Fascinating Fish That Eat Snails You Wouldn't Have Heard Before! | Kidadl


Fascinating Fish That Eat Snails You Wouldn't Have Heard Before!

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When it starts with a few snails here and there, but then, with time, the entire aquarium is filled with snails, it becomes a problematic situation we want to avoid. 

To start with, what causes these snails to creep in? It is most likely that they come along with new aquarium plants or hide along with the gravel you buy for your fish tank. 

Regardless of the mode of entry, a snail infestation must be controlled at all costs. Zebra loaches, which belong to the Botiidae family, are tropical fish that are omnivorous scavengers and focus on eating fungi. They like to be in a group of a minimum of five members and eat smaller freshwater aquarium snails and Malaysian trumpet snails.

Some approaches toward solving snail issues can be:

Limiting the algae growth through regular cleaning of the water tank and changing of the water at the ideal temperature.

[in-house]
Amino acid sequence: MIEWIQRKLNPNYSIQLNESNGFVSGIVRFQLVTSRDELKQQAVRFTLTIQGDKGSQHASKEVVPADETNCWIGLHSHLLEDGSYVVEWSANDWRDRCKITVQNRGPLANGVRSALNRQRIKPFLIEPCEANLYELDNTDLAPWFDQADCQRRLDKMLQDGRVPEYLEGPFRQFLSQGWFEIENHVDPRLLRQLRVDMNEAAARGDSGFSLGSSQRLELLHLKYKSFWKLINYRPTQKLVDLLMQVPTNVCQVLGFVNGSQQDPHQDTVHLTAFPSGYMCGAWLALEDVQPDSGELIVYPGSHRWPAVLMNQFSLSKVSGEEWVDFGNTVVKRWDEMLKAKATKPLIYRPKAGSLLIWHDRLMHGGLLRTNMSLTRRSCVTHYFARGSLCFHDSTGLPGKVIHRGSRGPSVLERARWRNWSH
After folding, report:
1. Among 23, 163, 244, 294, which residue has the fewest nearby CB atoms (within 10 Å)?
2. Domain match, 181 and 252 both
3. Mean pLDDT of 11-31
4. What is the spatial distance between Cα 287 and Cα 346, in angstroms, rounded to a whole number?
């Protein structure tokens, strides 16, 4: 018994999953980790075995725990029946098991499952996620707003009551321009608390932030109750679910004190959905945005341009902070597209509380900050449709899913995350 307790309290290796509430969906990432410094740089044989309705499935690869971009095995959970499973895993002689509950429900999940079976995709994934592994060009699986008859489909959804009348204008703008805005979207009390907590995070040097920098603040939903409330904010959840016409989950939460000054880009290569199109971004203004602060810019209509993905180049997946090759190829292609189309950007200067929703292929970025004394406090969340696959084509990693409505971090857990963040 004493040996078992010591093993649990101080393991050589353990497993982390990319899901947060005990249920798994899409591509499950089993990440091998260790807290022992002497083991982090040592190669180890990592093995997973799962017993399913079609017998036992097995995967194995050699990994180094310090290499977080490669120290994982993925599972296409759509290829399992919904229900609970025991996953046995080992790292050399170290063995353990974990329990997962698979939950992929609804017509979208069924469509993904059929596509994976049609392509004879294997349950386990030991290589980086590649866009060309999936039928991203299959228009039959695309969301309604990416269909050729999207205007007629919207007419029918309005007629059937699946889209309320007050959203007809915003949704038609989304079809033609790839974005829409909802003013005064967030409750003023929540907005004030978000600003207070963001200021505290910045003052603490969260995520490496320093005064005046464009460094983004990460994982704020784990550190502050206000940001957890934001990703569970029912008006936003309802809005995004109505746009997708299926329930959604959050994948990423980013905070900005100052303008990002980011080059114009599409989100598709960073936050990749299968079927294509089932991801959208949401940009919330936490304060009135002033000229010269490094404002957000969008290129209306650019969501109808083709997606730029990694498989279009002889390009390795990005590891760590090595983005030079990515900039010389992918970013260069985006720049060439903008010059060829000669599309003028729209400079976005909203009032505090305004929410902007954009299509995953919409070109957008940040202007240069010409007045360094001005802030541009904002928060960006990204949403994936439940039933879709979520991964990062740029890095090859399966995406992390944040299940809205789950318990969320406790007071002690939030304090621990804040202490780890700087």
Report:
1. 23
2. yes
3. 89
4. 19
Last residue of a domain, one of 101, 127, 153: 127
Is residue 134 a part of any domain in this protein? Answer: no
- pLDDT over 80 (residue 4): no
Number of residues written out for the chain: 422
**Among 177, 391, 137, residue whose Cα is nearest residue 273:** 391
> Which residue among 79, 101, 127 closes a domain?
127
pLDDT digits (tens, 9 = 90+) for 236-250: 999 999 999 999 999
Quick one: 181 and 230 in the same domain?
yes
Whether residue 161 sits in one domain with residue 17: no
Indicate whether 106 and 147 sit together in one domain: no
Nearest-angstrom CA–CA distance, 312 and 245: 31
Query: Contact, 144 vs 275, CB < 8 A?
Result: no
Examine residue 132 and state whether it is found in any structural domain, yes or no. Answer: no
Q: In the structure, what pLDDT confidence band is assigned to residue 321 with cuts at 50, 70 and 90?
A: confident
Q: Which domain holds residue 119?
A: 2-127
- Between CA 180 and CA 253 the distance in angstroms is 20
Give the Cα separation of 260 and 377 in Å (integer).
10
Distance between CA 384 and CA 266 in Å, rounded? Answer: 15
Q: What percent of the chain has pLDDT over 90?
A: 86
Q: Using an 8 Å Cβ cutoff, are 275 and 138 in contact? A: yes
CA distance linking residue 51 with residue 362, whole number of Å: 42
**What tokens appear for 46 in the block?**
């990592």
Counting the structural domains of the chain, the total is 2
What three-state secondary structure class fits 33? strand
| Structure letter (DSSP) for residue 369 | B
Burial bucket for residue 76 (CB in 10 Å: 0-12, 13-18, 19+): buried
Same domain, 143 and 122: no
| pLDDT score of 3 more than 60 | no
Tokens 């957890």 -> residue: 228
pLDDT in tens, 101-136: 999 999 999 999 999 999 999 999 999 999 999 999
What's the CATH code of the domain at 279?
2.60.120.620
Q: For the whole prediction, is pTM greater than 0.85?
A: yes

There is supposed to be only a limited supply of food, enough for our fish and not an excess that could also be eaten by these invader snails.

Manually removing the snail from the tank is the basic rule we all know about, and this can be done by putting a lettuce leaf on the side edge of the tank, which will attract the snail, after which you can remove it gently.

Ultimately, you can always add snail-eating fish to control and kill the snails. You'll find out which fish can do this the best.

Before getting snail-eating fish, read this article, so it is not a disaster for not only the existing fish in the aquarium but also the new ones. Keep reading the article until the very end to learn more about the fascinating fish that eat snails and how to properly make them a part of your aquarium in the proper way.